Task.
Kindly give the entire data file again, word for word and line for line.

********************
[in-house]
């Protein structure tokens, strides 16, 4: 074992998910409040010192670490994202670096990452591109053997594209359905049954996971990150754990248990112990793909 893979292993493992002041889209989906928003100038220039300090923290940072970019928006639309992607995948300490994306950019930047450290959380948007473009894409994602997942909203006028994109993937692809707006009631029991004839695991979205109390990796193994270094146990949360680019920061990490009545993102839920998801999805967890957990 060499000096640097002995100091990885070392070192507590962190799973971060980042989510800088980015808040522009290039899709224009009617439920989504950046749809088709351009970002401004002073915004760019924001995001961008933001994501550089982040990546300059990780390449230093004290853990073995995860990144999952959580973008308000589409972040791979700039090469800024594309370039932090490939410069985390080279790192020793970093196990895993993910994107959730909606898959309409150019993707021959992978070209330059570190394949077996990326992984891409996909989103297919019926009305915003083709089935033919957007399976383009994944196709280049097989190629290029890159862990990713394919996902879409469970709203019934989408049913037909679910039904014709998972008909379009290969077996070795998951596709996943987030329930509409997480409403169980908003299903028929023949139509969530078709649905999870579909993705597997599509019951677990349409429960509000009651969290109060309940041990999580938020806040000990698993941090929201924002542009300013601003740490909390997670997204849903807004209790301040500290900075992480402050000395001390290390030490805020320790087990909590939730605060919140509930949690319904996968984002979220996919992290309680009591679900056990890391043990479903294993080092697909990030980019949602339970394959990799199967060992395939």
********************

[in-house]
């Protein structure tokens, strides 16, 4: 074992998910409040010192670490994202670096990452591109053997594209359905049954996971990150754990248990112990793909 893979292993493992002041889209989906928003100038220039300090923290940072970019928006639309992607995948300490994306950019930047450290959380948007473009894409994602997942909203006028994109993937692809707006009631029991004839695991979205109390990796193994270094146990949360680019920061990490009545993102839920998801999805967890957990 060499000096640097002995100091990885070392070192507590962190799973971060980042989510800088980015808040522009290039899709224009009617439920989504950046749809088709351009970002401004002073915004760019924001995001961008933001994501550089982040990546300059990780390449230093004290853990073995995860990144999952959580973008308000589409972040791979700039090469800024594309370039932090490939410069985390080279790192020793970093196990895993993910994107959730909606898959309409150019993707021959992978070209330059570190394949077996990326992984891409996909989103297919019926009305915003083709089935033919957007399976383009994944196709280049097989190629290029890159862990990713394919996902879409469970709203019934989408049913037909679910039904014709998972008909379009290969077996070795998951596709996943987030329930509409997480409403169980908003299903028929023949139509969530078709649905999870579909993705597997599509019951677990349409429960509000009651969290109060309940041990999580938020806040000990698993941090929201924002542009300013601003740490909390997670997204849903807004209790301040500290900075992480402050000395001390290390030490805020320790087990909590939730605060919140509930949690319904996968984002979220996919992290309680009591679900056990890391043990479903294993080092697909990030980019949602339970394959990799199967060992395939």